SS: Yes. Everybody is focused on youth in LA. When people ask me if my political views were ruining my chances for some parts, I always say that for good or bad, Hollywood is not political but what they might hold against you is getting fat and getting old. If your moviesmake money, you are Sean Penn, no matter what you open your mouth about, you are fine. Look, you can crash and burn, you go to rehab, you are fine, whatever it is. But that part is hard. You never know what’s going to happen.
Q: Life is unpredictable.
SS: My life is full of things and people that I don’t expect to run into, serendipitous connections that end up taking me somewhere. Look, at me! I’m a ping-pong entrepreneur! How did that ever happen? (laughs) It’s the perfect example.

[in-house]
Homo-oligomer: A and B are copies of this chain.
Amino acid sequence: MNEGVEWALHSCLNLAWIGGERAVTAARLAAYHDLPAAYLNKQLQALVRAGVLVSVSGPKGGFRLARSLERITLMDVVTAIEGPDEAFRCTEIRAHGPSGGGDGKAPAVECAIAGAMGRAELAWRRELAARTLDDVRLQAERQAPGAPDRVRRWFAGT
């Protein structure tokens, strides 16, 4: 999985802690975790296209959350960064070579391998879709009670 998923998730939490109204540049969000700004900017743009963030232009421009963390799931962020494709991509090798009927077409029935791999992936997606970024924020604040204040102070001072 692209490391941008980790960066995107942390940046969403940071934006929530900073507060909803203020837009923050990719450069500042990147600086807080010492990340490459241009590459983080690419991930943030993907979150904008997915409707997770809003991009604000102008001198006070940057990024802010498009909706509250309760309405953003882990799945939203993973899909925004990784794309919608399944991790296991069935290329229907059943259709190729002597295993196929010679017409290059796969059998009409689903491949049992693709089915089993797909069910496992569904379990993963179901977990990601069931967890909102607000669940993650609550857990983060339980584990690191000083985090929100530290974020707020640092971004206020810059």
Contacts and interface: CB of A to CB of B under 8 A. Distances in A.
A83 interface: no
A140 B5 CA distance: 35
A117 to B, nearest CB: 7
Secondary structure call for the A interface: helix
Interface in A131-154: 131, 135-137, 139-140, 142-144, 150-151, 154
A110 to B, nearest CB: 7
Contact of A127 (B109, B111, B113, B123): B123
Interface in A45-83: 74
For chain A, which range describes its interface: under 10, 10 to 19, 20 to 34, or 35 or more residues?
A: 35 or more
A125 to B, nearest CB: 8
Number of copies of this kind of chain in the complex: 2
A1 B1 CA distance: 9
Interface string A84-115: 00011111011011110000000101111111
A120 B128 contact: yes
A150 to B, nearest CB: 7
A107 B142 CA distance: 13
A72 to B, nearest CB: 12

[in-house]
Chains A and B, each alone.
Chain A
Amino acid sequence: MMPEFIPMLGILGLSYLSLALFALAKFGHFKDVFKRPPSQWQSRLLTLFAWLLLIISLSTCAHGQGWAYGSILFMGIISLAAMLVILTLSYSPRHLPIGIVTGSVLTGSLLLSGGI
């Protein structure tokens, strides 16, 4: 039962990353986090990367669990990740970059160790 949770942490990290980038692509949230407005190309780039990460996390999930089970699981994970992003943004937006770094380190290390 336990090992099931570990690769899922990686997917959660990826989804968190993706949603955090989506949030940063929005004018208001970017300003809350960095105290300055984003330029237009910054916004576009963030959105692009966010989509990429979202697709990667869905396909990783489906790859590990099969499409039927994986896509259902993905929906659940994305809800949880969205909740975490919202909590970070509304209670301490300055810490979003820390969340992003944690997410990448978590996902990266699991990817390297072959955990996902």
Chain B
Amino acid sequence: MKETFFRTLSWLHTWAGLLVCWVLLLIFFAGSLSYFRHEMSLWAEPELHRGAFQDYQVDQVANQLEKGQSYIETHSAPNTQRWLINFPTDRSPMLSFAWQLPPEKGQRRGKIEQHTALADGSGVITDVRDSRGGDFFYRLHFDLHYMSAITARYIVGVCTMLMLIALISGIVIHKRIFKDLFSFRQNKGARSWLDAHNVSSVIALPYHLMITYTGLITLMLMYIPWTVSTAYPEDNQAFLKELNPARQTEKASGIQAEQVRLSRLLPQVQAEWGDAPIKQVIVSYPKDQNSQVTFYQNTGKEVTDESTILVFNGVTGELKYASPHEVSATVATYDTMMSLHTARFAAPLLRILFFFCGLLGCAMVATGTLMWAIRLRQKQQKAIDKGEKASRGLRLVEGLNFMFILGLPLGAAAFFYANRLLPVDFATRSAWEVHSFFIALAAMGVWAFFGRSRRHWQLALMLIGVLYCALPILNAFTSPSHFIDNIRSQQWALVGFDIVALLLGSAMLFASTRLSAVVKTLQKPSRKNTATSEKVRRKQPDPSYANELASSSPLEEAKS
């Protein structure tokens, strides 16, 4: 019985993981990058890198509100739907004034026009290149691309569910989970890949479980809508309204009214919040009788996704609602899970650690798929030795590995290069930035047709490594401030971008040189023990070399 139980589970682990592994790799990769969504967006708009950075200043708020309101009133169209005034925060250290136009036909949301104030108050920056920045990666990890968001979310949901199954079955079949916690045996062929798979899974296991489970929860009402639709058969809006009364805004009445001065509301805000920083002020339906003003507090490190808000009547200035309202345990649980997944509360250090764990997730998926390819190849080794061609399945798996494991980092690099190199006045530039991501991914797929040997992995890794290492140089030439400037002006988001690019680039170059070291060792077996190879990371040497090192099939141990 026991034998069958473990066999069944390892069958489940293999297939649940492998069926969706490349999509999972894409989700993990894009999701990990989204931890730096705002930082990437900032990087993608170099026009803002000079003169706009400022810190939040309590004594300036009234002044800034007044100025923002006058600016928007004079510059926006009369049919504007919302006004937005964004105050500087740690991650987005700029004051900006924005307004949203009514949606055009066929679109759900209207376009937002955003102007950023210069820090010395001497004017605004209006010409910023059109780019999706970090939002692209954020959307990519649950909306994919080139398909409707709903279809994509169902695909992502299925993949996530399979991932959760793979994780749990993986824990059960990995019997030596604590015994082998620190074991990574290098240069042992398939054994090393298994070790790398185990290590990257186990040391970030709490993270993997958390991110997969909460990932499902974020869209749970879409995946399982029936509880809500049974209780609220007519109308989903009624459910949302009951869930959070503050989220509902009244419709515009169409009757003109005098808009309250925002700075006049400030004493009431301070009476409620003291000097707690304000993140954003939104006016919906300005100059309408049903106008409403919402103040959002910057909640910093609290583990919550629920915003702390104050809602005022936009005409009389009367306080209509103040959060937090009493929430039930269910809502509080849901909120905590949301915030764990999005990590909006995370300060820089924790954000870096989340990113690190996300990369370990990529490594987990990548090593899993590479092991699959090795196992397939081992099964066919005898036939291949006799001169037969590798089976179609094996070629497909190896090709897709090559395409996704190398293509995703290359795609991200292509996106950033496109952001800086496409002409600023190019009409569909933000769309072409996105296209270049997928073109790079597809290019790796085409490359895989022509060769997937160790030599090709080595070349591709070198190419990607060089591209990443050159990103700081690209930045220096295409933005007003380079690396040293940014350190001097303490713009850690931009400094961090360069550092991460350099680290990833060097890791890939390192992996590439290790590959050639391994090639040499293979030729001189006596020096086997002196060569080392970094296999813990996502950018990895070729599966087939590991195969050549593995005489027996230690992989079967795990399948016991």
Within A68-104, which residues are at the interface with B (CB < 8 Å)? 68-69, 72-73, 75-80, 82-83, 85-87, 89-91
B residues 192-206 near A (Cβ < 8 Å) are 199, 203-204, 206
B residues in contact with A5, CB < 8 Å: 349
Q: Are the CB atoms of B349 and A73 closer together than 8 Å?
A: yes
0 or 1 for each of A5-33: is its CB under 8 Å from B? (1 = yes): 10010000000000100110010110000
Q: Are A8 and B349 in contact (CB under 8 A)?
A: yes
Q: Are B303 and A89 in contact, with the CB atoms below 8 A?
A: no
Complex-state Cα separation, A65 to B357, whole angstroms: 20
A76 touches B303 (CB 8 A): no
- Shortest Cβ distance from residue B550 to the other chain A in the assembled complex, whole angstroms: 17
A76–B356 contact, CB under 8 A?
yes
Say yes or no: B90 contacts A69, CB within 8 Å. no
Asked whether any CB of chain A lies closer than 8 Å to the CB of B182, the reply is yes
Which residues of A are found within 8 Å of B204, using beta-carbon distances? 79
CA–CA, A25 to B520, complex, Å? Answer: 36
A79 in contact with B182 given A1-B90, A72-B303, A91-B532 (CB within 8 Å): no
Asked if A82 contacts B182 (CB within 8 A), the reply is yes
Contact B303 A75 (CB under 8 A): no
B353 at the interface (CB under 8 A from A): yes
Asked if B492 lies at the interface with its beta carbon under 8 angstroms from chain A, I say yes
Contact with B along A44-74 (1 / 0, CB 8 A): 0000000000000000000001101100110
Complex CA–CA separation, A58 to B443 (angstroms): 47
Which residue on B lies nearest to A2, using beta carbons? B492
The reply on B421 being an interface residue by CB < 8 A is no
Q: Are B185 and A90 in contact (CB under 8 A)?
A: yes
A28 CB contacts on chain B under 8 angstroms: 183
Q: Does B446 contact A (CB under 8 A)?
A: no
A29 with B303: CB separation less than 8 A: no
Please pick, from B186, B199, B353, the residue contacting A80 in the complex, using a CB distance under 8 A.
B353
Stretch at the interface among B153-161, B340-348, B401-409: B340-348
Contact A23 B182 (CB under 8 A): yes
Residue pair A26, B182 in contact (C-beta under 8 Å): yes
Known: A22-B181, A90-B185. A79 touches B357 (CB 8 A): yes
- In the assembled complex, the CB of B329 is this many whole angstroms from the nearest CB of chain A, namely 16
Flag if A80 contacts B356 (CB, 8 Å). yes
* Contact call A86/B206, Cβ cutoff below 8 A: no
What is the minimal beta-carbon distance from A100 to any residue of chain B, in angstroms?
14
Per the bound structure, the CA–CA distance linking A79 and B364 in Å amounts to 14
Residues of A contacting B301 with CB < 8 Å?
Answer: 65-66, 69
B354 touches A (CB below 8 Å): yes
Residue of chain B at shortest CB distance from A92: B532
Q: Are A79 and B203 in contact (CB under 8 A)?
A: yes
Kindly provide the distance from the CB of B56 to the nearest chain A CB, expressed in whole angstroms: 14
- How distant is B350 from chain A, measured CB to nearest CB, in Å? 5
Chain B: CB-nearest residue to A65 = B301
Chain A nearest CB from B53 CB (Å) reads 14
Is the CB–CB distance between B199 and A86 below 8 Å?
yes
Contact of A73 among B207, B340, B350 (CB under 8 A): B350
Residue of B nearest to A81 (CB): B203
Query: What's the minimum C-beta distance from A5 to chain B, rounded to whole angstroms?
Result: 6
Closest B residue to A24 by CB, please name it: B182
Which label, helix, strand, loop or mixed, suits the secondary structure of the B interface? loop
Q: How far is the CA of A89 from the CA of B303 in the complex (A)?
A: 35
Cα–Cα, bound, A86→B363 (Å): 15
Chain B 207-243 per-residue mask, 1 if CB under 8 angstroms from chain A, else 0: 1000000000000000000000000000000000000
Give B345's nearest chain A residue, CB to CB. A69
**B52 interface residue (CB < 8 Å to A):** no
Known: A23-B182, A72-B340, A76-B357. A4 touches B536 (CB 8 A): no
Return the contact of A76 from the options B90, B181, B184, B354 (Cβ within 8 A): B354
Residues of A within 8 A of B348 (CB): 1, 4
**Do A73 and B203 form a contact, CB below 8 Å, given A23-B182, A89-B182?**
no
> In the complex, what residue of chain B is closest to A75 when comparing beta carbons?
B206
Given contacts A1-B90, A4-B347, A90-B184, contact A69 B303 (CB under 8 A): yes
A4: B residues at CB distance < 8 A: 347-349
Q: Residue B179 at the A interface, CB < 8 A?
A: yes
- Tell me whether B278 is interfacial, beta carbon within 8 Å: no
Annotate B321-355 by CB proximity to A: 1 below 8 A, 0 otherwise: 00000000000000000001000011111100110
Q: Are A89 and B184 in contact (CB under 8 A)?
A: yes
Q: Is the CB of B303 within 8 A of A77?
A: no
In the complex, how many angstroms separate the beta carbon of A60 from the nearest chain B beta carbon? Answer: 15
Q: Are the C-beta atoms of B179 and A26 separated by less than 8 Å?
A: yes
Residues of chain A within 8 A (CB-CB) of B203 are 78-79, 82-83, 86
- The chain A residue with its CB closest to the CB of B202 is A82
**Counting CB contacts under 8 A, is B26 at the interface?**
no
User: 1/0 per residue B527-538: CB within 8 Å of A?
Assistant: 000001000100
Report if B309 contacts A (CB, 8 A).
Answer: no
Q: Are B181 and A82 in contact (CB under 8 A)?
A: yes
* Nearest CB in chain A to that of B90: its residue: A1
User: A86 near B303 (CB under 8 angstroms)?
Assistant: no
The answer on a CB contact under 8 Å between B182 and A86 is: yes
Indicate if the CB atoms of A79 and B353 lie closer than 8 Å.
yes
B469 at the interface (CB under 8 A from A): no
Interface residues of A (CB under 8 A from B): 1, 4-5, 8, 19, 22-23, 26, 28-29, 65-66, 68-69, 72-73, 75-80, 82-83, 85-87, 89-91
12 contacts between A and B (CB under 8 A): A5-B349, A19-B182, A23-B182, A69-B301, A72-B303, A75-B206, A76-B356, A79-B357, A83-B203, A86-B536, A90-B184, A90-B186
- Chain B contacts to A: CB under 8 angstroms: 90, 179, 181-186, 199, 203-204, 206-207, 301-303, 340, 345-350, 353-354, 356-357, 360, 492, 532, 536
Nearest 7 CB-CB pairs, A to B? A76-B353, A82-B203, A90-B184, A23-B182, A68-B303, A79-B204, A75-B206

Q: Did you ever think that you’d be going corporate with your ping pong parlors?
SS: Are you kidding me? (laughs) No, an entrepreneur, no way and it’s like the Ping pong? It’s like The Karate Kid, except with ping pong and Mister Mayagi, and I get to do just the funniest things. So I don’t know, as long as I am still having fun then I will keep doing it.
Q: How did your ping pong obsession come about?